US appeals court denies challenge to execution delay, case could head to powerful court
PHOENIX (AP) — A case challenging Arizona's refusal to reveal detailed information about the lethal combination it will use to put an inmate to death is now headed to a powerful court.
A U.S. Court of Appeals on Monday denied Arizona's request for a re-hearing after a three-member panel of judges put on hold the execution of Joseph Rudolph Wood until the state reveals information such as the makers of the drugs and how the state developed its method for legal injections.
The legal dispute comes at a time when concerns over the death penalty are mounting after a botched April 29 execution of an Oklahoma inmate and an incident in January in which an Ohio inmate snorted and gasped during the 26 minutes it took him to die.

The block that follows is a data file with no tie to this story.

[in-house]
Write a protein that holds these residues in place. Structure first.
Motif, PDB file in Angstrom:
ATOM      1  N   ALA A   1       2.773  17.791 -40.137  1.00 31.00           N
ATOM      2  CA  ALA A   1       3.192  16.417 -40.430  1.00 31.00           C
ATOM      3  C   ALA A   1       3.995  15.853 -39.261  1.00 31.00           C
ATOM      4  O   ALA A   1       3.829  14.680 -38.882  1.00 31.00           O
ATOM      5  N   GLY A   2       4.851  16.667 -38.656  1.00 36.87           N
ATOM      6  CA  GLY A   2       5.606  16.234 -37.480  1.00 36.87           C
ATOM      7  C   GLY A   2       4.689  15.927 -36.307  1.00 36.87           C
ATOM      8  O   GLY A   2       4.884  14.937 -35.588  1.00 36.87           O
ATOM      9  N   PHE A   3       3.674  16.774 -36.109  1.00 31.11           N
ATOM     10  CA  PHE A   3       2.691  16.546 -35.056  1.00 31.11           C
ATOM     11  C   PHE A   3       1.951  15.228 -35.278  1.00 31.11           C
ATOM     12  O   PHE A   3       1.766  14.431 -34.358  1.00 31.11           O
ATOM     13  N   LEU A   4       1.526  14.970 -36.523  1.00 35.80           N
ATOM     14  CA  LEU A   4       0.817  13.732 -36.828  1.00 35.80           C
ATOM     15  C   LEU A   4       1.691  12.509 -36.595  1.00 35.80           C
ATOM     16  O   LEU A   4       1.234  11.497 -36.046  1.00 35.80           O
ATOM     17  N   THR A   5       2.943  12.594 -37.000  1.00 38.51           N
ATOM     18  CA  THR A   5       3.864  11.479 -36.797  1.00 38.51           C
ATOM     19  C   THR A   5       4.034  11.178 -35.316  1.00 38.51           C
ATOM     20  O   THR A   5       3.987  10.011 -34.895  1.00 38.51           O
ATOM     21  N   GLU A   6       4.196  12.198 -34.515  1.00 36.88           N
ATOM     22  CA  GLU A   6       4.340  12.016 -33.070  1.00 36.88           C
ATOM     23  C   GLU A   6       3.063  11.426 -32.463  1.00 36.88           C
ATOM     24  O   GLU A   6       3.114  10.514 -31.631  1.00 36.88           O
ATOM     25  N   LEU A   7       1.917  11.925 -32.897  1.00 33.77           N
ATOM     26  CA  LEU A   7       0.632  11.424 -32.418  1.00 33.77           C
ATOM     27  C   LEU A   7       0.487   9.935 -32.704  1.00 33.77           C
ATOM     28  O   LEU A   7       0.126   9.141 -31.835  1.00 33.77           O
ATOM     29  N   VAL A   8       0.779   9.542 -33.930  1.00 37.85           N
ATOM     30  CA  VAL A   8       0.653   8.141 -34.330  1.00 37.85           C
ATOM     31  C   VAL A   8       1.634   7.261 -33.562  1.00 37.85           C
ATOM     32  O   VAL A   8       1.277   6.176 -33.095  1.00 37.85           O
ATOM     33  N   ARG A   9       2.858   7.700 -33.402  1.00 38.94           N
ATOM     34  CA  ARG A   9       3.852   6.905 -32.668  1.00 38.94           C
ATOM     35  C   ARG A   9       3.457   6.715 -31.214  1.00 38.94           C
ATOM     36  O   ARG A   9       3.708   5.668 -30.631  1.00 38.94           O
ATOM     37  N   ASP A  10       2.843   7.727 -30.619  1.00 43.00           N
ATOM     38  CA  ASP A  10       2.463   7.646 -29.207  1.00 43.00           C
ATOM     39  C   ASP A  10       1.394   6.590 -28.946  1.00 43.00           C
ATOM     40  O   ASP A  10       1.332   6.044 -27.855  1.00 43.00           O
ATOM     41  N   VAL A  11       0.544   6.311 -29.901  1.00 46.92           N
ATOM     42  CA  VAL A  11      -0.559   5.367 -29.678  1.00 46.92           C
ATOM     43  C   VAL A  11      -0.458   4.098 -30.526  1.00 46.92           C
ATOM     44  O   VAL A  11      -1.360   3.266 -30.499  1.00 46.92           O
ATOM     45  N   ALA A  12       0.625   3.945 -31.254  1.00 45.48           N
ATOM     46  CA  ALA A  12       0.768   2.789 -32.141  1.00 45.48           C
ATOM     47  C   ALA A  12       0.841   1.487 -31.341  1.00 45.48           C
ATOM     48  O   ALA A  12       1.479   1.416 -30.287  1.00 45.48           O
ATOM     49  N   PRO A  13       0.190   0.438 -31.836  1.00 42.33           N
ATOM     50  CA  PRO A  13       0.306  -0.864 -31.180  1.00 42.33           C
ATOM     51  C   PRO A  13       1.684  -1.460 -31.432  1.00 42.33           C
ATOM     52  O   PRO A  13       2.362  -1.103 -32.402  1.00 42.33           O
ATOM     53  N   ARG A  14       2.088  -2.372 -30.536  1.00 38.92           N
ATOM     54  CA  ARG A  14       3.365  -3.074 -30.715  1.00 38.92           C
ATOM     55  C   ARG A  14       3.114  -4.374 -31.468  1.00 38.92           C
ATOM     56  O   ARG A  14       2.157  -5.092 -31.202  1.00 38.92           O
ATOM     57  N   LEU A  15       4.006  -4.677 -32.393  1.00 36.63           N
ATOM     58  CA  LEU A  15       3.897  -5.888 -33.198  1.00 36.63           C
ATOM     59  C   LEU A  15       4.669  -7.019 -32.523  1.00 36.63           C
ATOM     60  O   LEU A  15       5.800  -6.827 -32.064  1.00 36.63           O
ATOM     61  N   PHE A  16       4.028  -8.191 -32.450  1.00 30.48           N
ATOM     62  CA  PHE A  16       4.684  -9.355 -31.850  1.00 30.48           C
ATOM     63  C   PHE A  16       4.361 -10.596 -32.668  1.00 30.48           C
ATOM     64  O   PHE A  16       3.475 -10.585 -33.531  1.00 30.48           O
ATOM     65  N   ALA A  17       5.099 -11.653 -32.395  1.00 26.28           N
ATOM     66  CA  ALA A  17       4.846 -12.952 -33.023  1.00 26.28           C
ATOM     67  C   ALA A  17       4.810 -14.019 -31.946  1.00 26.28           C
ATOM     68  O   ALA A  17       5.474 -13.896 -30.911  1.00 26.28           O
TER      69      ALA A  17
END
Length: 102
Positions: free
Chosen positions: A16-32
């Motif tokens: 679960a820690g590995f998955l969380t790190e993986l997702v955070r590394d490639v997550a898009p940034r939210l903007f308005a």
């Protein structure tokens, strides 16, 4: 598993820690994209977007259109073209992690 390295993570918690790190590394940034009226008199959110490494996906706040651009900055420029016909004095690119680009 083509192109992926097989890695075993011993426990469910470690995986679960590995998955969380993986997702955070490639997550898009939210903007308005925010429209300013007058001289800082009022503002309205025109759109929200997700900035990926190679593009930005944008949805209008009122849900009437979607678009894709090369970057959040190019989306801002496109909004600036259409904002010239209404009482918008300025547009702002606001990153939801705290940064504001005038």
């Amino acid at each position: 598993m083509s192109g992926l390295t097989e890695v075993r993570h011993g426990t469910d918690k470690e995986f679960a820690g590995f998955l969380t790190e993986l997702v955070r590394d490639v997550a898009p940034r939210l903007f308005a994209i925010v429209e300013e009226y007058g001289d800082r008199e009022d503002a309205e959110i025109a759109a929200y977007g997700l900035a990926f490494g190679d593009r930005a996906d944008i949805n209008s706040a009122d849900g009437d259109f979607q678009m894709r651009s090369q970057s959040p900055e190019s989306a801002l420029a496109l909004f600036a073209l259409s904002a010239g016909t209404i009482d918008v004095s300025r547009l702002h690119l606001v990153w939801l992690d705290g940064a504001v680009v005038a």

Wood's attorneys argue that he has a constitutional right to detailed information and that such information has been historically available and beneficial to the public.
Attorneys for the state argue that Wood does not have a right to the details.
Stephanie Grisham, spokeswoman for the attorney general's office, says the state will file an application with the U.S. Supreme Court asking it to dismiss the stay on the execution. The Supreme Court is a powerful nine-member court that has the power to void laws passed by Congress if it deems them contrary to the constitution.
The three-judge panel on Saturday overturned a lower court's decision that favored the state, and found Wood is not entitled to the information, in turn postponing the execution.
Judge Jay Bybee, a member of the panel, dissented.
Arizona attorneys then sought a re-hearing with a larger panel, arguing that the smaller panel's decision conflicts with other Supreme Court rulings that found that constitutional free-speech guarantees do not mandate a right of access to government information or sources of information.
The appeals court did not provide a detailed explanation as to why it was denying the re-hearing.
Chief Judge Alex Kozinski dissented.
Dale Baich, an attorney for Wood, said his team looked forward to receiving the requested information.